The Paint Branch Distinguished Lecture in Applied Physics was established and endowed by a generous gift to the Institute for Research in Electronics and Applied Physics in 2014 with the intention to bring luminaries in the field of Applied Physics to speak to our community. It is our hope that this lecture will significantly raise the visibility of Applied Physics on our campus and beyond, and will grow to be an annual tradition that is anticipated, celebrated and widely attended.
Each year we will identify and invite a distinguished scientist to visit our campus and address our faculty, students, and colleagues. We welcome suggestions for speakers from all members of the UMD community. Suggestions can be sent to firstname.lastname@example.org.
The 2022 Paint Branch Lecture
How Quantum Mechanics Helps Identify Mechanisms and Discover Materials to Combat Climate Change
Paint Branch Distinguished Lecture in Applied Physics
When: Tuesday October 25, 2022 at 4:00pm (pre-lecture socialization at 3:30pm)
Where: 1101 A. James Clark Hall, University of Maryland
Abstract: Each year that passes now brings more evidence that carbon dioxide and methane emissions are bringing our world closer to a tipping point beyond which it is unclear how humans and other living creatures will survive. I have been driven by this concern for the last 15 years. I decided a decade and a half ago to reorient all my research to work on sustainable energy solutions. I am a physical chemist by training, with expertise in quantum mechanics methods development and applications primarily related to materials science and chemistry. While I still work on sustainable energy, it is now evident that such solutions are not enough. We must stop emitting additional carbon into the atmosphere; we must go not just to zero but to negative emissions,1 in order to mitigate against worsening climate change caused by nearly a century and a half of fossil fuel extraction and burning. Thus, in addition to materials discovery for sustainable, carbon-free electricity (e.g., solar cells, fusion, solid oxide fuel cells), I work on catalyst discovery for renewable fuels, via (electro/solar thermo)-chemical water splitting and (photo/electro/solar thermo)-chemical carbon dioxide reduction. If we can produce liquid fuels from carbon dioxide and water – effectively running combustion backwards – via innovative catalysts that take in sunlight or carbon-free excess electricity, we will recycle carbon rather than extract and add more of it to the atmosphere and oceans. However, recycling carbon dioxide and methane is still not enough. We must convert and store carbon dioxide and methane permanently. Rather than focus on subsurface sequestration of carbon dioxide, let’s find more productive – and less risky – uses for CO2. In this talk, I will describe research related to carbon cycling back to fuels and useful chemicals, along with a vision for getting to negative emissions enabled by electrocatalysis. These approaches, along with available and emerging strategies in agriculture, forestry, and construction materials,2 may let our grandchildren and their descendants still enjoy the world we have been lucky enough to inhabit up to now. I hope that my talk will inspire others to join the effort.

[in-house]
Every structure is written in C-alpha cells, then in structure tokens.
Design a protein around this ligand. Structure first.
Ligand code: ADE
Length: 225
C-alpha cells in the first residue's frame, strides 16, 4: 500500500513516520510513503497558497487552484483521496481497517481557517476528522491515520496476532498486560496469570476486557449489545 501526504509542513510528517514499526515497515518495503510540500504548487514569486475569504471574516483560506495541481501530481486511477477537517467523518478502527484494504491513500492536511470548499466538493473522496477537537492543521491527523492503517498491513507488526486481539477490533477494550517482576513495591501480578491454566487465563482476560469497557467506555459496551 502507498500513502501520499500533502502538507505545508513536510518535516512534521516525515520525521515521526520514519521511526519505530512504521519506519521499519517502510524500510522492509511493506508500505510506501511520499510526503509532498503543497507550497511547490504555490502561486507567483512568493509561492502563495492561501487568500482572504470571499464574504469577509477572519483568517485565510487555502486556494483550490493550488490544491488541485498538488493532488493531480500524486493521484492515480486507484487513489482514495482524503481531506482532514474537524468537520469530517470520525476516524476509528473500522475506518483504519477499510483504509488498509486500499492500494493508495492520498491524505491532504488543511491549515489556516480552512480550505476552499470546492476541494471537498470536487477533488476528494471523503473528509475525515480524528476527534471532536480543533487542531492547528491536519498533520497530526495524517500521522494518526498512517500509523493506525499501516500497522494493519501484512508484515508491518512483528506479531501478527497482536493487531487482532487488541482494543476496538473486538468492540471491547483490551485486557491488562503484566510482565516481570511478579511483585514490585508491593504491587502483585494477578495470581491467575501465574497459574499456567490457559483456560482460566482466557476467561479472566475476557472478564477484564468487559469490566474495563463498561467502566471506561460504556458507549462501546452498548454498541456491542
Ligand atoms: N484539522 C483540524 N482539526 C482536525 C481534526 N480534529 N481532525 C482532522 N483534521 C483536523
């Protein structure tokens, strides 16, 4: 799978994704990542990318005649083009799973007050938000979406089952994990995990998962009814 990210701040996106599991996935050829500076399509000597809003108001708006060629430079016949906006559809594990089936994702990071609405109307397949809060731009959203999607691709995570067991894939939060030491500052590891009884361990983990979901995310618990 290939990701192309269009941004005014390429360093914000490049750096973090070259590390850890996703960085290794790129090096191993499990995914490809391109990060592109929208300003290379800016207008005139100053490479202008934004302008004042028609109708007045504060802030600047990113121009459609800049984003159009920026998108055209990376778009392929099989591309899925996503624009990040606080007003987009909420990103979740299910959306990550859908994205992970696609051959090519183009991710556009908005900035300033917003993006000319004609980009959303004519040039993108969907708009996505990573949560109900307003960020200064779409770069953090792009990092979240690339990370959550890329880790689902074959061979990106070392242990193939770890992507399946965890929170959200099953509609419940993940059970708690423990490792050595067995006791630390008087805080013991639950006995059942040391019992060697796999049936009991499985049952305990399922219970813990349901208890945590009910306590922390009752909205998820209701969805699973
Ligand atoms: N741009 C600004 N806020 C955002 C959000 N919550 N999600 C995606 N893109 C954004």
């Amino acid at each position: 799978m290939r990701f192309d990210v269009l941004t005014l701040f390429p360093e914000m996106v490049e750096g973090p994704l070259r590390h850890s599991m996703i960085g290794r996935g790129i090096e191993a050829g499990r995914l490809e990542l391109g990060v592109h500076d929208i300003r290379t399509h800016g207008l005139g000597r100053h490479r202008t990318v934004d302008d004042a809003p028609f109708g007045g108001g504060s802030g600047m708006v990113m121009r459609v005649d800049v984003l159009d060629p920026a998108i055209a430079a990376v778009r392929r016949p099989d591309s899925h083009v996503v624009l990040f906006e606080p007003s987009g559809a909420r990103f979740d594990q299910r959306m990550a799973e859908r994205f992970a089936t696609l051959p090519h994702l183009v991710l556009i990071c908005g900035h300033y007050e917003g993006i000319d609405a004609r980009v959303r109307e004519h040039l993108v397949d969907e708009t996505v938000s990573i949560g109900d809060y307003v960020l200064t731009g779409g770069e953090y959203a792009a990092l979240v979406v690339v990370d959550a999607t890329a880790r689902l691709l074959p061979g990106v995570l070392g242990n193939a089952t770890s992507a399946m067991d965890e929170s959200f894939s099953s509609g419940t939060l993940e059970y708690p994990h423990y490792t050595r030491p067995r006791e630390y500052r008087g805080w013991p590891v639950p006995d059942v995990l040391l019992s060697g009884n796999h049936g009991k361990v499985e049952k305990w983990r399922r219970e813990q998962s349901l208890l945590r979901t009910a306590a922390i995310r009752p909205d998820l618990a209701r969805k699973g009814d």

1 See this report I coauthored five years ago: https://www.energy.gov/seab/downloads/final-report-task-force-co2-utilization
2 C. Hepburn, E. Adlen, J. Beddington, E. A. Carter, S. Fuss, N. MacDowell, J. C. Minx, P. Smith, and C. Williams. "The technological and economic prospects for CO2 utilization and removal," Nature 575, 87 (2019). doi: 10.1038/s41586-019-1681-6.